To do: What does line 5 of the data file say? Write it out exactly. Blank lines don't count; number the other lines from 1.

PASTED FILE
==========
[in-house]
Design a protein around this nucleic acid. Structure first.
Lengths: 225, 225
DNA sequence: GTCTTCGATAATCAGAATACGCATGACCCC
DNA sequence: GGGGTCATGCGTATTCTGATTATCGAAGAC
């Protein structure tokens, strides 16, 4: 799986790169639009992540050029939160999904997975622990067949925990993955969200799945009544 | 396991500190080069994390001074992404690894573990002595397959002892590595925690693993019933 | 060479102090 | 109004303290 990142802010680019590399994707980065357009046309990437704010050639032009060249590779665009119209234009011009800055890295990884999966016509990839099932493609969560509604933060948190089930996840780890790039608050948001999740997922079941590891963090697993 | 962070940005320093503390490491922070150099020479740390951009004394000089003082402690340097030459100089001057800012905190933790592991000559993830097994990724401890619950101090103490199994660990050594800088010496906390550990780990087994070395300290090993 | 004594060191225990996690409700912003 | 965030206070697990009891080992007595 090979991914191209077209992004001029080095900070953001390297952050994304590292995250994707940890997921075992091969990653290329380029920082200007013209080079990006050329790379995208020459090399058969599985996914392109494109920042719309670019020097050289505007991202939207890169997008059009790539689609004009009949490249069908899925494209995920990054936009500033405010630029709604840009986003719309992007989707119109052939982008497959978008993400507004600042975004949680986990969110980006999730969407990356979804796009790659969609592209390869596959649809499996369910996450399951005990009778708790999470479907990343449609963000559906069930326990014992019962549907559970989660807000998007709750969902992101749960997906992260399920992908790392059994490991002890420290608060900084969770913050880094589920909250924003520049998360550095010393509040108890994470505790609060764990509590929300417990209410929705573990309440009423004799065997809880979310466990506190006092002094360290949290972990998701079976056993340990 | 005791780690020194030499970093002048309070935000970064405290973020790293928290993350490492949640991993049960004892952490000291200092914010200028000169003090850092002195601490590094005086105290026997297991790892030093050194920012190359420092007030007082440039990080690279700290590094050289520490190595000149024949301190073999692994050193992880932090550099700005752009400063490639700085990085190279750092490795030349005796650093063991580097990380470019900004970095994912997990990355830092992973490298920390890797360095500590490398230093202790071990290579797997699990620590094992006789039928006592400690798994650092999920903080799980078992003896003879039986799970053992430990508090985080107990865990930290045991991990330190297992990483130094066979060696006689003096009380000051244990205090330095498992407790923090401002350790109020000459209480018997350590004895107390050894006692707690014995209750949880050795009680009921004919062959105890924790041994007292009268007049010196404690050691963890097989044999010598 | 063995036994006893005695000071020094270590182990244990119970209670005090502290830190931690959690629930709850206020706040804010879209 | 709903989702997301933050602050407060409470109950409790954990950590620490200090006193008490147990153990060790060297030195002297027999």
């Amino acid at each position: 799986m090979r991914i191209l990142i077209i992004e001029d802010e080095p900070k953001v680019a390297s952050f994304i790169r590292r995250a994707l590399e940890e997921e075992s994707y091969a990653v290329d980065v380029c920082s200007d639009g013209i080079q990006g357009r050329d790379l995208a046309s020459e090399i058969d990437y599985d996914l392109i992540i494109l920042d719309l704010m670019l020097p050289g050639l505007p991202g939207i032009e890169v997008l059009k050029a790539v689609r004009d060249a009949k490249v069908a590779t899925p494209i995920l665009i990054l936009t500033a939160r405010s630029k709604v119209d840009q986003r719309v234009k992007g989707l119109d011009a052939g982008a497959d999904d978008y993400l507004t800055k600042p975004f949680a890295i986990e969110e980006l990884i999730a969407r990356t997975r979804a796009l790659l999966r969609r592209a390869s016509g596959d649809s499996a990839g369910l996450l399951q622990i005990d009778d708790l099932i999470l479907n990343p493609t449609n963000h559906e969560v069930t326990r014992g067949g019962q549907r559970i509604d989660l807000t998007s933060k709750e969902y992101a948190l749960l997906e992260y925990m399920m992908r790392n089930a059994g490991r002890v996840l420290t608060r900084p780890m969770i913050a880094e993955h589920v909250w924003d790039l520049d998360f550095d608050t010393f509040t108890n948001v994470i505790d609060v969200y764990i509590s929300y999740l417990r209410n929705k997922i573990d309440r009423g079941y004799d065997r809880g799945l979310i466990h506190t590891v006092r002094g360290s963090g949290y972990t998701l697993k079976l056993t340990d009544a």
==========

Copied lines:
DNA sequence: GGGGTCATGCGTATTCTGATTATCGAAGAC